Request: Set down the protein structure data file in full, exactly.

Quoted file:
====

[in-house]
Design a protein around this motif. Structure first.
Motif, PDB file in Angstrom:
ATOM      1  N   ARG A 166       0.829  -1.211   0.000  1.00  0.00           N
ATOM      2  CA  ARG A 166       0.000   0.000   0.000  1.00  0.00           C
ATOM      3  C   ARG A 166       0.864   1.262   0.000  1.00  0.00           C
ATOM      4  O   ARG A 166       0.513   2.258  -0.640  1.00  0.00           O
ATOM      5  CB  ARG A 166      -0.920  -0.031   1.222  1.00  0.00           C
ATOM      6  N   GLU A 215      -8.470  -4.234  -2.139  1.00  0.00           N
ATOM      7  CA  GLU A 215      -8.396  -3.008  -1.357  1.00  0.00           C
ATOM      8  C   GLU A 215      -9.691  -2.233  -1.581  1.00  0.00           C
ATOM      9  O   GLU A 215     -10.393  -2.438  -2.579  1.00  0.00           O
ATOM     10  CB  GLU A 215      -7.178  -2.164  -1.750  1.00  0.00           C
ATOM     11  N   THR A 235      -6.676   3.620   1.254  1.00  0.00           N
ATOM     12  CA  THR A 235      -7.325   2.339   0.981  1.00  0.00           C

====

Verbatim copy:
[in-house]
Design a protein around this motif. Structure first.
Motif, PDB file in Angstrom:
ATOM      1  N   ARG A 166       0.829  -1.211   0.000  1.00  0.00           N
ATOM      2  CA  ARG A 166       0.000   0.000   0.000  1.00  0.00           C
ATOM      3  C   ARG A 166       0.864   1.262   0.000  1.00  0.00           C
ATOM      4  O   ARG A 166       0.513   2.258  -0.640  1.00  0.00           O
ATOM      5  CB  ARG A 166      -0.920  -0.031   1.222  1.00  0.00           C
ATOM      6  N   GLU A 215      -8.470  -4.234  -2.139  1.00  0.00           N
ATOM      7  CA  GLU A 215      -8.396  -3.008  -1.357  1.00  0.00           C
ATOM      8  C   GLU A 215      -9.691  -2.233  -1.581  1.00  0.00           C
ATOM      9  O   GLU A 215     -10.393  -2.438  -2.579  1.00  0.00           O
ATOM     10  CB  GLU A 215      -7.178  -2.164  -1.750  1.00  0.00           C
ATOM     11  N   THR A 235      -6.676   3.620   1.254  1.00  0.00           N
ATOM     12  CA  THR A 235      -7.325   2.339   0.981  1.00  0.00           C